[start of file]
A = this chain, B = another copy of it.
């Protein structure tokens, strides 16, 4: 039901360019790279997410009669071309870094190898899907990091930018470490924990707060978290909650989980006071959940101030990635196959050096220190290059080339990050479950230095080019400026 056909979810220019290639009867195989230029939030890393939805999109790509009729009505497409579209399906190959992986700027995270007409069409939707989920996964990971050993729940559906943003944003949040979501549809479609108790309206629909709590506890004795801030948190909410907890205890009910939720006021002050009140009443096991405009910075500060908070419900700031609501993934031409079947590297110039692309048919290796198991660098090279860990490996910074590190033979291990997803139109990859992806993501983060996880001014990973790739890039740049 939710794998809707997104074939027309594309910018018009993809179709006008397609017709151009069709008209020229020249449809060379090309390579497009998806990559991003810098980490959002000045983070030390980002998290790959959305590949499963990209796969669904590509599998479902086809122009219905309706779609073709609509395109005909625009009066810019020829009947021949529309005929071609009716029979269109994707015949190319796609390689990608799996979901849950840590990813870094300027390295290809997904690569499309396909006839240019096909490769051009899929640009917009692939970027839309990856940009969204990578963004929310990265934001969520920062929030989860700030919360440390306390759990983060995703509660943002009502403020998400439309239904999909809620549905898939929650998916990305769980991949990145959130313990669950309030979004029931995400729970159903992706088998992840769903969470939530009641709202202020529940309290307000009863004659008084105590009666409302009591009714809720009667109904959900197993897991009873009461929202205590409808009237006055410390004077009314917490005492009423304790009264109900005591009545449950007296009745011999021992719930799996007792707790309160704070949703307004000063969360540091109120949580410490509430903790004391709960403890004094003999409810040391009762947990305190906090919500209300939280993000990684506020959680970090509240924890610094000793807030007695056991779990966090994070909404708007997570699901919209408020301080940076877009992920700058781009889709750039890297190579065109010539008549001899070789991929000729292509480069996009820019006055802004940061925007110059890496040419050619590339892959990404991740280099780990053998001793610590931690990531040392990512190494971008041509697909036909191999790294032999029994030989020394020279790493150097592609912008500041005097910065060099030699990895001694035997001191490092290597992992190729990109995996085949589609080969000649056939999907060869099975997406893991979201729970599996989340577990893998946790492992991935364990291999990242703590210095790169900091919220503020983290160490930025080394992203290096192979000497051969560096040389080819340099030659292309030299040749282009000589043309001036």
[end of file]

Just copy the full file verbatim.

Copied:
A = this chain, B = another copy of it.
């Protein structure tokens, strides 16, 4: 039901360019790279997410009669071309870094190898899907990091930018470490924990707060978290909650989980006071959940101030990635196959050096220190290059080339990050479950230095080019400026 056909979810220019290639009867195989230029939030890393939805999109790509009729009505497409579209399906190959992986700027995270007409069409939707989920996964990971050993729940559906943003944003949040979501549809479609108790309206629909709590506890004795801030948190909410907890205890009910939720006021002050009140009443096991405009910075500060908070419900700031609501993934031409079947590297110039692309048919290796198991660098090279860990490996910074590190033979291990997803139109990859992806993501983060996880001014990973790739890039740049 939710794998809707997104074939027309594309910018018009993809179709006008397609017709151009069709008209020229020249449809060379090309390579497009998806990559991003810098980490959002000045983070030390980002998290790959959305590949499963990209796969669904590509599998479902086809122009219905309706779609073709609509395109005909625009009066810019020829009947021949529309005929071609009716029979269109994707015949190319796609390689990608799996979901849950840590990813870094300027390295290809997904690569499309396909006839240019096909490769051009899929640009917009692939970027839309990856940009969204990578963004929310990265934001969520920062929030989860700030919360440390306390759990983060995703509660943002009502403020998400439309239904999909809620549905898939929650998916990305769980991949990145959130313990669950309030979004029931995400729970159903992706088998992840769903969470939530009641709202202020529940309290307000009863004659008084105590009666409302009591009714809720009667109904959900197993897991009873009461929202205590409808009237006055410390004077009314917490005492009423304790009264109900005591009545449950007296009745011999021992719930799996007792707790309160704070949703307004000063969360540091109120949580410490509430903790004391709960403890004094003999409810040391009762947990305190906090919500209300939280993000990684506020959680970090509240924890610094000793807030007695056991779990966090994070909404708007997570699901919209408020301080940076877009992920700058781009889709750039890297190579065109010539008549001899070789991929000729292509480069996009820019006055802004940061925007110059890496040419050619590339892959990404991740280099780990053998001793610590931690990531040392990512190494971008041509697909036909191999790294032999029994030989020394020279790493150097592609912008500041005097910065060099030699990895001694035997001191490092290597992992190729990109995996085949589609080969000649056939999907060869099975997406893991979201729970599996989340577990893998946790492992991935364990291999990242703590210095790169900091919220503020983290160490930025080394992203290096192979000497051969560096040389080819340099030659292309030299040749282009000589043309001036």